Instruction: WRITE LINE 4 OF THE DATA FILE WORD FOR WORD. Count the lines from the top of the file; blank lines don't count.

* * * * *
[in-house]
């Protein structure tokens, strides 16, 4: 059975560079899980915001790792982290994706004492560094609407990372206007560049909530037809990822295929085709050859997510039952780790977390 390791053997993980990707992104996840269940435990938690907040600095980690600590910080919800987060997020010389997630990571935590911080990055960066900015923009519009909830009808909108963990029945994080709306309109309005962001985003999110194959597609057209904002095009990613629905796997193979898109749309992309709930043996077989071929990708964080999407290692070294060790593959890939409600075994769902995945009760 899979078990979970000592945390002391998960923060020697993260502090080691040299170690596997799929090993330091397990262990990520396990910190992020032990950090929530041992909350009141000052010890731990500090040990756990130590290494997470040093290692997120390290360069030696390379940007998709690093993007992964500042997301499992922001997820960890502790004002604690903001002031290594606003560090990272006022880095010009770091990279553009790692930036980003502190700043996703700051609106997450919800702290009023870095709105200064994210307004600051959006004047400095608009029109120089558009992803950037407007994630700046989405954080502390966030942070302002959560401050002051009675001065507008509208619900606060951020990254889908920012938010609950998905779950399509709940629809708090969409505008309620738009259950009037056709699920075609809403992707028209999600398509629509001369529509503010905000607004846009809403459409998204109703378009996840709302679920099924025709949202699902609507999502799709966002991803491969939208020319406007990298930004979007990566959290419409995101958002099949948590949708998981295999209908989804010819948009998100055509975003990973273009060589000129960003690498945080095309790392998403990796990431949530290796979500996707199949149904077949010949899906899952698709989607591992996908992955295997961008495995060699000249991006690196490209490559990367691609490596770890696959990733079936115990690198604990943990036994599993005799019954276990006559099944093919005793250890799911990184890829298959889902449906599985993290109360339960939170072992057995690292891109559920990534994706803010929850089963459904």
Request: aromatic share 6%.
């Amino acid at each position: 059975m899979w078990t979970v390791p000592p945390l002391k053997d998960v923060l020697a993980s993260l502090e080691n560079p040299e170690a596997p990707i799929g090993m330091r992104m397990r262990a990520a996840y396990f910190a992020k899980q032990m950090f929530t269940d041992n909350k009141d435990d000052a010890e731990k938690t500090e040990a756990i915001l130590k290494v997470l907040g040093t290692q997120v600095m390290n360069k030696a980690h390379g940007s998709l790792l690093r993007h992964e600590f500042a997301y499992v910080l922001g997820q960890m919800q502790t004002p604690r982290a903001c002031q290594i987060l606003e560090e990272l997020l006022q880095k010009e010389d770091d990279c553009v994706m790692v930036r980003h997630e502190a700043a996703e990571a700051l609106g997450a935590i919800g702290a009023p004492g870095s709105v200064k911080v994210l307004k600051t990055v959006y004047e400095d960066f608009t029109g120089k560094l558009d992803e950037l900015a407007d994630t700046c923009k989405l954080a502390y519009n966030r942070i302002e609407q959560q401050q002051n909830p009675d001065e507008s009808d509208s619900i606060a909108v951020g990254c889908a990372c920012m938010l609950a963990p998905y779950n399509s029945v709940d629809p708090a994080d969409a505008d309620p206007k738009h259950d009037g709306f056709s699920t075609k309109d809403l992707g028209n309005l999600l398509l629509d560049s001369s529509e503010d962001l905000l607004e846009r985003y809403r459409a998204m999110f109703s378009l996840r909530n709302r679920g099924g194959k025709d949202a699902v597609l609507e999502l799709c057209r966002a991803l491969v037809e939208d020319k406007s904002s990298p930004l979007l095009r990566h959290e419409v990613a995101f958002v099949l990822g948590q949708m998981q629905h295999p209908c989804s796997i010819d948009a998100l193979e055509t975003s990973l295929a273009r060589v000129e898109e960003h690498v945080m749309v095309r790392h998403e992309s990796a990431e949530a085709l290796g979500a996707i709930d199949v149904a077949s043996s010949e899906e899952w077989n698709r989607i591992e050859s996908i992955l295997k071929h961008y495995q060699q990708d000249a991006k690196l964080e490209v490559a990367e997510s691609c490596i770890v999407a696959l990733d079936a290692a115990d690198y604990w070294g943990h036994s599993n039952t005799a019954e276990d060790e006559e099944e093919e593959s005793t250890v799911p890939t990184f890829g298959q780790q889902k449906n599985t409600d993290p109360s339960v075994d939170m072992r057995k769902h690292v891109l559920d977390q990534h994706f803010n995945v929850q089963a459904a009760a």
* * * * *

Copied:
């Amino acid at each position: 059975m899979w078990t979970v390791p000592p945390l002391k053997d998960v923060l020697a993980s993260l502090e080691n560079p040299e170690a596997p990707i799929g090993m330091r992104m397990r262990a990520a996840y396990f910190a992020k899980q032990m950090f929530t269940d041992n909350k009141d435990d000052a010890e731990k938690t500090e040990a756990i915001l130590k290494v997470l907040g040093t290692q997120v600095m390290n360069k030696a980690h390379g940007s998709l790792l690093r993007h992964e600590f500042a997301y499992v910080l922001g997820q960890m919800q502790t004002p604690r982290a903001c002031q290594i987060l606003e560090e990272l997020l006022q880095k010009e010389d770091d990279c553009v994706m790692v930036r980003h997630e502190a700043a996703e990571a700051l609106g997450a935590i919800g702290a009023p004492g870095s709105v200064k911080v994210l307004k600051t990055v959006y004047e400095d960066f608009t029109g120089k560094l558009d992803e950037l900015a407007d994630t700046c923009k989405l954080a502390y519009n966030r942070i302002e609407q959560q401050q002051n909830p009675d001065e507008s009808d509208s619900i606060a909108v951020g990254c889908a990372c920012m938010l609950a963990p998905y779950n399509s029945v709940d629809p708090a994080d969409a505008d309620p206007k738009h259950d009037g709306f056709s699920t075609k309109d809403l992707g028209n309005l999600l398509l629509d560049s001369s529509e503010d962001l905000l607004e846009r985003y809403r459409a998204m999110f109703s378009l996840r909530n709302r679920g099924g194959k025709d949202a699902v597609l609507e999502l799709c057209r966002a991803l491969v037809e939208d020319k406007s904002s990298p930004l979007l095009r990566h959290e419409v990613a995101f958002v099949l990822g948590q949708m998981q629905h295999p209908c989804s796997i010819d948009a998100l193979e055509t975003s990973l295929a273009r060589v000129e898109e960003h690498v945080m749309v095309r790392h998403e992309s990796a990431e949530a085709l290796g979500a996707i709930d199949v149904a077949s043996s010949e899906e899952w077989n698709r989607i591992e050859s996908i992955l295997k071929h961008y495995q060699q990708d000249a991006k690196l964080e490209v490559a990367e997510s691609c490596i770890v999407a696959l990733d079936a290692a115990d690198y604990w070294g943990h036994s599993n039952t005799a019954e276990d060790e006559e099944e093919e593959s005793t250890v799911p890939t990184f890829g298959q780790q889902k449906n599985t409600d993290p109360s339960v075994d939170m072992r057995k769902h690292v891109l559920d977390q990534h994706f803010n995945v929850q089963a459904a009760a």